The Associated PressGAZA CITY (AP) — In a jarring contrast, Israeli forces shot and killed at least 58 Palestinians and wounded more than 2,700 during mass protests Monday along the Gaza border, while just a few miles away Israel and the United States held a festive inauguration ceremony for the new U.S. Embassy in contested Jerusalem.
It was by far the deadliest day of cross-border violence since a devastating 2014 war between Israel and Gaza’s Hamas rulers, and further dimmed the already bleak prospects for President Donald Trump’s hoped-for peace plan.
Throughout the day, Gaza protesters set tires ablaze, sending thick plumes of black smoke into the air, and hurled firebombs and stones toward Israeli troops across the border. The Israeli military, which has come under international criticism for using excessive force against unarmed protesters, said Hamas tried to carry out bombing and shooting attacks under the cover of the protests and released video of protesters ripping away parts of the barbed-wire border fence.
Monday’s protests culminated more than a month of weekly demonstrations aimed at breaking a crippling Israeli-Egyptian border blockade. But the U.S. Embassy move, bitterly opposed by the Palestinians, added further fuel.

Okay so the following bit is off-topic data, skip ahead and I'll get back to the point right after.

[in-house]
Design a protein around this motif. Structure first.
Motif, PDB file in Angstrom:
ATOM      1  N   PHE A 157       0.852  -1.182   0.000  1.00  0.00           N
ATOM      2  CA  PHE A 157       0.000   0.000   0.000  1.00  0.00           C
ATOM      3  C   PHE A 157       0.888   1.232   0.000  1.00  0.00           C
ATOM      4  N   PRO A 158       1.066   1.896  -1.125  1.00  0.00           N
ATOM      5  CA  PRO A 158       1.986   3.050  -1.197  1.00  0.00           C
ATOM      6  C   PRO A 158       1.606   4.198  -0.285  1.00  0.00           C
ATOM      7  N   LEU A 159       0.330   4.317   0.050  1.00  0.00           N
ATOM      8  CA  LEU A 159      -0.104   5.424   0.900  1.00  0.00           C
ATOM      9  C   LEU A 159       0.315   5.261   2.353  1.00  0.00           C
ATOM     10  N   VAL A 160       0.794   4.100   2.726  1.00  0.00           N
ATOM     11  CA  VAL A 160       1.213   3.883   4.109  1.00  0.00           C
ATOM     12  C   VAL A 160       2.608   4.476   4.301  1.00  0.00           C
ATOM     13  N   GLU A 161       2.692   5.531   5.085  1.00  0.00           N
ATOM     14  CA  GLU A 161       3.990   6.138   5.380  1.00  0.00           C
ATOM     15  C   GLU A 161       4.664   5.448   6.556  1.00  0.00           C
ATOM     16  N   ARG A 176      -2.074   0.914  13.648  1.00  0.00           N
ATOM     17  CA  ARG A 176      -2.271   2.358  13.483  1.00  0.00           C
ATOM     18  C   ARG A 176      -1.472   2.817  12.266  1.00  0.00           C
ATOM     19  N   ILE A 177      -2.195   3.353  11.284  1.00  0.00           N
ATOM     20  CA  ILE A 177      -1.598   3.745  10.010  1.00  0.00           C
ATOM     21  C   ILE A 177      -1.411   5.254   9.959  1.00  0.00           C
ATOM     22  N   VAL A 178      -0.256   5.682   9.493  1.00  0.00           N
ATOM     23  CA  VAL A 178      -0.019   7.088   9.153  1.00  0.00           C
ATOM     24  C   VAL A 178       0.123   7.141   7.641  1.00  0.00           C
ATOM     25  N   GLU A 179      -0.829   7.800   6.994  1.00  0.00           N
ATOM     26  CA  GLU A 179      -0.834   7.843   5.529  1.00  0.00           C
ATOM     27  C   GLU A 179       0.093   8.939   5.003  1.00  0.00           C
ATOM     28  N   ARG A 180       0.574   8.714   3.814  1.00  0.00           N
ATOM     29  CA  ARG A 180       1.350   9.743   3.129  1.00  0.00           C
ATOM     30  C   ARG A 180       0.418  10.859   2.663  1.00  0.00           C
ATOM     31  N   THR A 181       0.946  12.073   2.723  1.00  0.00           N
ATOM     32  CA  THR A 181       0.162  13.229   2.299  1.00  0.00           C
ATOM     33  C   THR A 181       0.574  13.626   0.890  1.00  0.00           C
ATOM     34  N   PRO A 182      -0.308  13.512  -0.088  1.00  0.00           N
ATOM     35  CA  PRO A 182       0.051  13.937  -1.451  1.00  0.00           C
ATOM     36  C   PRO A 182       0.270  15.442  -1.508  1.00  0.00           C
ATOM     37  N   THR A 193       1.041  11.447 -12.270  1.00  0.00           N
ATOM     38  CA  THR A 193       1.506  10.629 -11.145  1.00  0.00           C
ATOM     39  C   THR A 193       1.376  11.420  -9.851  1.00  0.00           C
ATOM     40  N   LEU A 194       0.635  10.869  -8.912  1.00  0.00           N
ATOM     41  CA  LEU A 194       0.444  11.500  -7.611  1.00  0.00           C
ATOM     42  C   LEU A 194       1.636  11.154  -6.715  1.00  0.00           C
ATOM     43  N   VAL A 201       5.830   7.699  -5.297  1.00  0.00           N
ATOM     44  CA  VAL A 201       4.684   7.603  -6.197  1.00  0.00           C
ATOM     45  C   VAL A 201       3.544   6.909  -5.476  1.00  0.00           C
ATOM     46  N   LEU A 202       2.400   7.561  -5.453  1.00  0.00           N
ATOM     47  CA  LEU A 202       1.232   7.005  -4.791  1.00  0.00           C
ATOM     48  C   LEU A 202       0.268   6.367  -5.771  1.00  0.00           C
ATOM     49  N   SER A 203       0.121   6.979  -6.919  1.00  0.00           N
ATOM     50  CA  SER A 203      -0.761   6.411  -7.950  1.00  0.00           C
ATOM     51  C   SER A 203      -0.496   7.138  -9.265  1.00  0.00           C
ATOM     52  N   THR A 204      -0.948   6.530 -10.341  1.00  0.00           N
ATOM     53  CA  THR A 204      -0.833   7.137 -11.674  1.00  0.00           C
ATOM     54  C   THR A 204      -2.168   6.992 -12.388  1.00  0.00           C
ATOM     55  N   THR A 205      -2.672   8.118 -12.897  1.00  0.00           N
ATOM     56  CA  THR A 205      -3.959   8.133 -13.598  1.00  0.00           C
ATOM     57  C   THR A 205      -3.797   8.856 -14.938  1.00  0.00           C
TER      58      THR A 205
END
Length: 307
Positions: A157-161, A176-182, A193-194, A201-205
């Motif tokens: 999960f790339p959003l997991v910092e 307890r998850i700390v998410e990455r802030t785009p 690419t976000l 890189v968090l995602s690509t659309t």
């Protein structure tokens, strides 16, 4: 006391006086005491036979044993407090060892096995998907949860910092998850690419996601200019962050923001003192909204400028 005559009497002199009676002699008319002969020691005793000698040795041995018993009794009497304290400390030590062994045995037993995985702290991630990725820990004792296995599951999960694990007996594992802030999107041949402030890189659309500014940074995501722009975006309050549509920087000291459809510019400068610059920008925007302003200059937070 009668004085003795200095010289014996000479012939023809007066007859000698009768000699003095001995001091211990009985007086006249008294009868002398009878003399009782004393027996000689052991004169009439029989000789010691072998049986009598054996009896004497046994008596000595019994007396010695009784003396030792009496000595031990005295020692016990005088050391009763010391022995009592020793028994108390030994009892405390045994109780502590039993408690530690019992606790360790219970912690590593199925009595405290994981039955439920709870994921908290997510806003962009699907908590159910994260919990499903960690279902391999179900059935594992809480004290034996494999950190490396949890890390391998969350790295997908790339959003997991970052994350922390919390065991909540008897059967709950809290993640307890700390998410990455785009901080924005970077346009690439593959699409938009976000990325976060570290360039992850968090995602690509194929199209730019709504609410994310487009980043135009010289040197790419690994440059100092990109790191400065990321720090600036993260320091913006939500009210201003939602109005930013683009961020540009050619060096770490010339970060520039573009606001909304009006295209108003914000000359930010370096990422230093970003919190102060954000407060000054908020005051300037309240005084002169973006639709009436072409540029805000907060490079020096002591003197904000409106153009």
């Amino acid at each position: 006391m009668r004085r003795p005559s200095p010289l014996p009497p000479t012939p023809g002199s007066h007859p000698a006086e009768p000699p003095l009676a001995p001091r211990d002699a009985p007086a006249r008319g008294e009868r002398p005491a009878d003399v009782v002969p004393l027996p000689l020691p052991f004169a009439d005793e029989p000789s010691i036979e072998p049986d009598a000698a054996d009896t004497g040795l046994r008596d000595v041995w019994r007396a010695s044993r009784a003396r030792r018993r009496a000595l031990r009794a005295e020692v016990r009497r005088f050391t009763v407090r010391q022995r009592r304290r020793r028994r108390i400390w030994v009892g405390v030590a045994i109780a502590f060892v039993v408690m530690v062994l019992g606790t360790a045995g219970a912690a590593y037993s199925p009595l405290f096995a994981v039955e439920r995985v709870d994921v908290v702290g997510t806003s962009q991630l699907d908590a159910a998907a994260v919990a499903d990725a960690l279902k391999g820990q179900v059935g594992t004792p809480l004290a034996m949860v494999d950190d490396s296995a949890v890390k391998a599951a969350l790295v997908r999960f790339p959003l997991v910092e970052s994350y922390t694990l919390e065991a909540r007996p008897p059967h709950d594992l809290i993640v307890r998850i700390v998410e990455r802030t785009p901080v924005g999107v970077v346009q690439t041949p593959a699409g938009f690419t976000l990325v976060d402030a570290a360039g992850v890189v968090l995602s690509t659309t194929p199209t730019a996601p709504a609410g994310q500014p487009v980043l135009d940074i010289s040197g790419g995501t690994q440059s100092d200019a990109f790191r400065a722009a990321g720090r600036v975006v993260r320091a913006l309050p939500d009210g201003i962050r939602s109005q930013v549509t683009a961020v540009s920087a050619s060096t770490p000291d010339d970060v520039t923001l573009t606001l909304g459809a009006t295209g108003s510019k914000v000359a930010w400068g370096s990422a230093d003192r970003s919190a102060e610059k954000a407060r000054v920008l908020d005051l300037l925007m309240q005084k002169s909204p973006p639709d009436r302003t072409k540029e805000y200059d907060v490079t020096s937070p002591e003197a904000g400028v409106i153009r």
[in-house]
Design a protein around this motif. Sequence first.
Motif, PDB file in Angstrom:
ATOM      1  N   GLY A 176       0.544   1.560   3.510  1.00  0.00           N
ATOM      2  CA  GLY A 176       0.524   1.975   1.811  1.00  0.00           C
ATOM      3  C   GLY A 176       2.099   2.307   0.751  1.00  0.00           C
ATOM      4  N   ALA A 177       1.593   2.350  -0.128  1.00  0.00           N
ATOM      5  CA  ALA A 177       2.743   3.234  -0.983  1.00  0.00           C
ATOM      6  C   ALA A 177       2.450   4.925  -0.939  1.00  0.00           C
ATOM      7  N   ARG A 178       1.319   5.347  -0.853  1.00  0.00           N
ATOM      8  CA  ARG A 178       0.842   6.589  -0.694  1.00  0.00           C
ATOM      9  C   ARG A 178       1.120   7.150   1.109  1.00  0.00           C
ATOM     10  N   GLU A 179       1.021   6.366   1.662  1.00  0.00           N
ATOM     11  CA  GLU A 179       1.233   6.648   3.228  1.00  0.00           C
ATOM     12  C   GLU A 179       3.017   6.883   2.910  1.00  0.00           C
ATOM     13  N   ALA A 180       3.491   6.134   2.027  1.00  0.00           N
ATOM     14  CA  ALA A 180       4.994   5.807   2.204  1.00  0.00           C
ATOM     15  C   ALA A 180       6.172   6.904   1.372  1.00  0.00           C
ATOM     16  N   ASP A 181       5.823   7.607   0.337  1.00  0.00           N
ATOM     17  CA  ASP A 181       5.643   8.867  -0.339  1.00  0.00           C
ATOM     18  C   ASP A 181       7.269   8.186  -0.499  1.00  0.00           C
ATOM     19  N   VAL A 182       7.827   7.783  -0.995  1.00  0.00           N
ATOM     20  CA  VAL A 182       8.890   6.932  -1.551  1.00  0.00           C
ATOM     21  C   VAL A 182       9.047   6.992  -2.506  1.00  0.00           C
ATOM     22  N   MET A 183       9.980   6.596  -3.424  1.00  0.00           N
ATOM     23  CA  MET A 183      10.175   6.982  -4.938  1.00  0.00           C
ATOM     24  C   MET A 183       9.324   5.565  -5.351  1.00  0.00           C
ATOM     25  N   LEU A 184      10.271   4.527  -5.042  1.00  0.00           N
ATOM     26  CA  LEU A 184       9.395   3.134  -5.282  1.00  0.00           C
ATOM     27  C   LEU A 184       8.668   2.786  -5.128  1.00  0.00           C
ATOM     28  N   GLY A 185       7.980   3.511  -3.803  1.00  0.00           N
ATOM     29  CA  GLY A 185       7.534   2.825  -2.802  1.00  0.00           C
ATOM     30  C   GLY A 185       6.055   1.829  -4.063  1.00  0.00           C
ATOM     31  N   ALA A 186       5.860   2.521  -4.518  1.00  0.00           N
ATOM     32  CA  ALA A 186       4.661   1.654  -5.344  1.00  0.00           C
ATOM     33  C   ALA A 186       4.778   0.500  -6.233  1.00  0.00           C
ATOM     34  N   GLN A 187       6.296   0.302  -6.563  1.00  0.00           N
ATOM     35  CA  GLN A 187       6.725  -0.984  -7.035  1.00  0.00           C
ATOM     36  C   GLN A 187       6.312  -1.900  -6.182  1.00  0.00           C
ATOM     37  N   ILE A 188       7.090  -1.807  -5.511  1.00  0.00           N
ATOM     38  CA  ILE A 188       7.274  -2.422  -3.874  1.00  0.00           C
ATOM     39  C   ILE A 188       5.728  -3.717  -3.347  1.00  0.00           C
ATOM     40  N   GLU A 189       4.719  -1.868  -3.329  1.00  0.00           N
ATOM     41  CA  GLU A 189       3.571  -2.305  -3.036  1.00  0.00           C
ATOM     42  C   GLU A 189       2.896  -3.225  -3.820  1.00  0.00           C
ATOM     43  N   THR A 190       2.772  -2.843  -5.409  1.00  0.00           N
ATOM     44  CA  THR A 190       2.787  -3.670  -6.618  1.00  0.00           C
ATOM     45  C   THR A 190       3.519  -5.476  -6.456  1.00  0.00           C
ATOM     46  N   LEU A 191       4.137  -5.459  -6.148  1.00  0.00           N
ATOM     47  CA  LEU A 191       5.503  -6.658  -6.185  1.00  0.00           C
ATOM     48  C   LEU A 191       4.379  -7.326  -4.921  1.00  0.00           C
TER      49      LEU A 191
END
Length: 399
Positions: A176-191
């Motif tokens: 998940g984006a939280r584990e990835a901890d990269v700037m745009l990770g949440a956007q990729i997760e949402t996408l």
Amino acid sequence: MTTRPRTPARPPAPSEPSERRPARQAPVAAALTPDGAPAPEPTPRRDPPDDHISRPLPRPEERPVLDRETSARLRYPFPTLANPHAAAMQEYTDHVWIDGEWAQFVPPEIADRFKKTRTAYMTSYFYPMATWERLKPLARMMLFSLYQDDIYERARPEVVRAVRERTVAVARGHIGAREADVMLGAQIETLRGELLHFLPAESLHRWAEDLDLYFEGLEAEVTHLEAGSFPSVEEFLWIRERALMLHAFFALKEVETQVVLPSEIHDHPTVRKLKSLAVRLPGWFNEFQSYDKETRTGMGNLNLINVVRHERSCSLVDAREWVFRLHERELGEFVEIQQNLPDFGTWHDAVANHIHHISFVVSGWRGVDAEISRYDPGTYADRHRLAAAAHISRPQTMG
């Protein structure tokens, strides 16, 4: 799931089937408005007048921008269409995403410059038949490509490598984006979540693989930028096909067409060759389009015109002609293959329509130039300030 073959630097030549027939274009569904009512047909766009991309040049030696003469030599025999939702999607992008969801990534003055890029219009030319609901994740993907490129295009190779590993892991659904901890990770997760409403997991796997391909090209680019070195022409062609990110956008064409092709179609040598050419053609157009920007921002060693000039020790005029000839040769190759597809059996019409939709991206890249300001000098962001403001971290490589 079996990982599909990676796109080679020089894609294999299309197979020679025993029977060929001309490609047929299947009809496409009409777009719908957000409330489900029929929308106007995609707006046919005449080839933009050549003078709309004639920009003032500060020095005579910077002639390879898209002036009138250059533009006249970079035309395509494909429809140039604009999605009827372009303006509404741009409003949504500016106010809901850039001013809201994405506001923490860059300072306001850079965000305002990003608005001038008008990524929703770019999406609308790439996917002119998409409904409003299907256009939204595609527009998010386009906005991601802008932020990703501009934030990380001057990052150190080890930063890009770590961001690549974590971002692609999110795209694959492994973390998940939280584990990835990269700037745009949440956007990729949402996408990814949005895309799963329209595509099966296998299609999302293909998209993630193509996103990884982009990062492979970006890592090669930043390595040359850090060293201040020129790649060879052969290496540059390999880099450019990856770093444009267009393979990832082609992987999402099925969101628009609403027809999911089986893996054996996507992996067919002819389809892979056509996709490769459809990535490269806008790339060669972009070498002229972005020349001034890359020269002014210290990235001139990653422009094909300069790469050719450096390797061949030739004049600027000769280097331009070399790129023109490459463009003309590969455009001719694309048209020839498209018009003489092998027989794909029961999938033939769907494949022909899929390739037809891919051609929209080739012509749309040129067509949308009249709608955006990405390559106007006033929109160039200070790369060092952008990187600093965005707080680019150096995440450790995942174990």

There was barely any mention of the Gaza violence at Monday’s lavish inauguration ceremony for the new embassy, an upgraded consular building located just 80 kilometers away. Israeli Prime Minister Benjamin Netanyahu and other top officials joined a U.S. delegation of Trump administration officials and Republican and evangelical Christian supporters.
Jared Kushner, Trump’s son-in-law and chief Mideast adviser, headlined the U.S. delegation with his wife and fellow White House adviser, Ivanka Trump, as well as Treasury Secretary Steven Mnuchin and four Republican senators. Republican superdonor Sheldon Adelson was also present, and evangelical pastors Robert Jeffress and John Hagee delivered blessings.
“A great day for Israel!” Trump tweeted earlier Monday.
In a videotaped address, Trump said the embassy move, a key campaign promise, recognizes the “plain reality” that Jerusalem is Israel’s capital. Yet he added the United States “remains fully committed to facilitating a lasting peace agreement.”
But Monday’s steadily climbing death toll and wall-to-wall condemnation of the embassy move in the Arab world raised new doubts about Trump’s ambitions to broker what he called the “deal of the century.” More than a year after taking office, Trump’s Mideast team has yet to produce a long-promised peace plan.
Trump says recognizing Jerusalem as Israel’s capital acknowledges the reality that Israel’s government is located there as well as the ancient Jewish connection to the city. He insists the decision has no impact on future negotiations on the city’s final borders.Speech